You can archive the private keys for encryption certificates at a Microsoft Windows Server 2003 enterprise certification authority (CA) to allow recovery of the private key if a user's private key is lost or corrupted. This functionality is available on a Windows Server 2003 enterprise CA running on Windows Server 2003, Enterprise Edition, or Windows Server 2003, Datacenter Edition.
An organization should specify key archival and recovery in its security policy. If an organization does not specify that it allows key archival and recovery, it is almost impossible for the organization to implement key archival and recovery, as there are no guidelines for the implementation. If the security policy allows key archival, the policy must state when it is permissible for a certificate's private key to be recovered from the CA database.
Key recovery is only possible only when the private key material is stored on the local file system. When a software cryptographic service provider (CSP) is used, the private key material is stored in the \Documents and Settings\ UserName\Appli-cation Data\Microsoft\Crypto\RSA or the \Documents and Settings\ UserName \Application Data\Microsoft\Crypto\DSS folder. An organization's security policy typically lists the following reasons for allowing key recovery:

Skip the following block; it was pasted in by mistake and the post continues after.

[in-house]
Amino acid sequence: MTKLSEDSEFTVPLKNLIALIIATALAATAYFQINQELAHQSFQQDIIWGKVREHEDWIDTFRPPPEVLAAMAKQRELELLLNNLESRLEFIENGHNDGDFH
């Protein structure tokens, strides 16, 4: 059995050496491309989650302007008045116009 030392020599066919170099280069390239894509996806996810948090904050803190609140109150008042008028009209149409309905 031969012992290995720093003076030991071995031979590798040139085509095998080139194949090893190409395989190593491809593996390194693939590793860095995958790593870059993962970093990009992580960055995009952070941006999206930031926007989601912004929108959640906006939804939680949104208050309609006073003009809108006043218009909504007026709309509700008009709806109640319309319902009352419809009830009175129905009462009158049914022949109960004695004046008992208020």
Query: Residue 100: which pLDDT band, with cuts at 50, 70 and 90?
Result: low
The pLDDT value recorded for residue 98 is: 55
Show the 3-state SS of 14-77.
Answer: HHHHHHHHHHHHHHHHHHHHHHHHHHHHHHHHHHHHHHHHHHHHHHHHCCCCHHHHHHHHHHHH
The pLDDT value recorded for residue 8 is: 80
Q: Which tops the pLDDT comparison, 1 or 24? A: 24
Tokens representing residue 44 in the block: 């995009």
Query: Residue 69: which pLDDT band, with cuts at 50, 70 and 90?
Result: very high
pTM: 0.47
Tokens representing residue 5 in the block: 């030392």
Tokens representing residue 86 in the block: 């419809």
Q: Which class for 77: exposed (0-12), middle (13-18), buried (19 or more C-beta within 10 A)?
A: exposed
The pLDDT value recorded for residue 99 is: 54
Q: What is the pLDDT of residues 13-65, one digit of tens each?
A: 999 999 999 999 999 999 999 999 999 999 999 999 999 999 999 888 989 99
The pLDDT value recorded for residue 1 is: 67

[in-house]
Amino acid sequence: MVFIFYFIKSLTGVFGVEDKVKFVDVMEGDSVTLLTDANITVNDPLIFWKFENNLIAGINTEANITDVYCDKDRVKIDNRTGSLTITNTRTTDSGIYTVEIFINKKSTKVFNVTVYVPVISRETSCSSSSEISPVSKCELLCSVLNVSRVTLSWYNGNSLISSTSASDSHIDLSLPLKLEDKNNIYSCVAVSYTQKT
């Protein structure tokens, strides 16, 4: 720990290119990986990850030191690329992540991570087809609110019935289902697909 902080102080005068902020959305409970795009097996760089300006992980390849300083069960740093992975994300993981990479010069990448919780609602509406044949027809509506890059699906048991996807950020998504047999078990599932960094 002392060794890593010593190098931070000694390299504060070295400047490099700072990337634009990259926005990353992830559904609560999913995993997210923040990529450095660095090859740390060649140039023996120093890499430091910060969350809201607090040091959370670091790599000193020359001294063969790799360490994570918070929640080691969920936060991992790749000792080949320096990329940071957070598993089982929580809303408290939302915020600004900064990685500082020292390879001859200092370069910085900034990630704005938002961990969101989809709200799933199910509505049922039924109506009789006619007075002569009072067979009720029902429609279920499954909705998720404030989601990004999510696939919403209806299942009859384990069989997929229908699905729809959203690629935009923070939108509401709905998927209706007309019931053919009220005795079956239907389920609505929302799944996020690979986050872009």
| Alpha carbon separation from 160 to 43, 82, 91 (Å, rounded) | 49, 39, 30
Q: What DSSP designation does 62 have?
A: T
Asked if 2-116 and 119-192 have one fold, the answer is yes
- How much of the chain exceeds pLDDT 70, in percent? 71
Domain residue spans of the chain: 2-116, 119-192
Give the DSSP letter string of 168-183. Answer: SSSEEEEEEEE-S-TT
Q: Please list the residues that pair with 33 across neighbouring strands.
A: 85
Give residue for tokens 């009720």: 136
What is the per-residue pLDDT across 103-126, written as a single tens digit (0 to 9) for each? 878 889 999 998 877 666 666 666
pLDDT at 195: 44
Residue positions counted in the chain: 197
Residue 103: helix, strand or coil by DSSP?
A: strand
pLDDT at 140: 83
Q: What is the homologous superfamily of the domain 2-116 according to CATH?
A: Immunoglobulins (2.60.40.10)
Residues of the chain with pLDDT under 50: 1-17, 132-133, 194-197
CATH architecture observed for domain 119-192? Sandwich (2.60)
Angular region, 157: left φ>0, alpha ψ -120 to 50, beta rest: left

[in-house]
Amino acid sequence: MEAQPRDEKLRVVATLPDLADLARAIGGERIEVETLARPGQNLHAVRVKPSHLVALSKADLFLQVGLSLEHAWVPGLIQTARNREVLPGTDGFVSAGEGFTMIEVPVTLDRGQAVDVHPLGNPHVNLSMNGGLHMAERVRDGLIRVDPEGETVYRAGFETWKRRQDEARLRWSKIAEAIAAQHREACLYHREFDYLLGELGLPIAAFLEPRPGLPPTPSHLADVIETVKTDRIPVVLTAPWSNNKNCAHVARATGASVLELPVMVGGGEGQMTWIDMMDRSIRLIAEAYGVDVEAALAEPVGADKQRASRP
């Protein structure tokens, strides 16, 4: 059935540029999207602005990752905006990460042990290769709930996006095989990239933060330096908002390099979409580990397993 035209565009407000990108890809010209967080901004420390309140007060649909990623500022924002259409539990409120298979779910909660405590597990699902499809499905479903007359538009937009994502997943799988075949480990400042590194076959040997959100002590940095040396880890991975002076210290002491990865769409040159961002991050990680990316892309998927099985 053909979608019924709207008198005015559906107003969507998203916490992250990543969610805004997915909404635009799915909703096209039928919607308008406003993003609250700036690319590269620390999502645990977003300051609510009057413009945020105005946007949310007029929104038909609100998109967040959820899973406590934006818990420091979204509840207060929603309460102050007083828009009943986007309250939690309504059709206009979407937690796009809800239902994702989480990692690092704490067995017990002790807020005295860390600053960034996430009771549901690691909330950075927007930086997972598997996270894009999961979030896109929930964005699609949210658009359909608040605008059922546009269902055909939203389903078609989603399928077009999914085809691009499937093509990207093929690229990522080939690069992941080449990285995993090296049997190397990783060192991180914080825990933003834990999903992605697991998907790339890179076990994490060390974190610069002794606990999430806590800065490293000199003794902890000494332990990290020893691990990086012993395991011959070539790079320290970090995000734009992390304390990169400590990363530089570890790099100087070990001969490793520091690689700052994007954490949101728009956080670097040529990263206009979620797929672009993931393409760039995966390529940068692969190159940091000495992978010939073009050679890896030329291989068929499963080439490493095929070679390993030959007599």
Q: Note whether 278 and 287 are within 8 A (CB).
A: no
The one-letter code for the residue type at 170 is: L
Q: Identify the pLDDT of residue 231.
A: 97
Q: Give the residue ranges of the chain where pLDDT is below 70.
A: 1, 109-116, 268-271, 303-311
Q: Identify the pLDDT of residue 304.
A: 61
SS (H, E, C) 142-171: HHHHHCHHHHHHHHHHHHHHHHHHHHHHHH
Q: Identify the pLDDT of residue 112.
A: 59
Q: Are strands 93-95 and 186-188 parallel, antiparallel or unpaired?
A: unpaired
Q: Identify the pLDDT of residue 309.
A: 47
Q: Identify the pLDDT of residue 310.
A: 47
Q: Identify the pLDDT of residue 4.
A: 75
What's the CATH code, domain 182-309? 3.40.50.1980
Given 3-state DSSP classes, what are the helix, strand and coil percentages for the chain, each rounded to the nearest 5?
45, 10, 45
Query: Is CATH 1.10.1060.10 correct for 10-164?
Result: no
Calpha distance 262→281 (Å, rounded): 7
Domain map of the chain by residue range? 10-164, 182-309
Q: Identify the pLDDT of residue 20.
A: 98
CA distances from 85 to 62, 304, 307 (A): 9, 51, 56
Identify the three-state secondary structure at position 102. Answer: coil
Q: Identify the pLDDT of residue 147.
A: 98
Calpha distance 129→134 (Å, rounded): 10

■ A user profile is deleted. When an encryption private key is stored in a user's profile folder, the private key is lost if a anyone deletes that specific profile. Many organizations use profile deletion to fix problems with user logon. For example, if the desktop fails or takes a long time to appear, many organizations prescribe deleting the user's profile and generating a new profile. This results in deletion of the user's private key material.
■ A hard disk is corrupted. The corruption of a hard disk can cause users to lose access to their profiles. This can mean a total loss of access or loss of access to the private key material within the user profile.
■ The operating system is reinstalled. When the operating system is reinstalled, access to the previous user profiles is lost, including any private keys stored in the user's profile.
■ A computer is stolen or lost. When a computer is stolen or lost, access to the private key material in the user profile is lost or compromised.
A difference among the reasons listed, however, is that a computer theft or loss can means the user's private key is compromised and, therefore, the certificate associated with the private key should be revoked. There is no reason to revoke the certificate for the other reasons in this list because the user's private key is not compromised.
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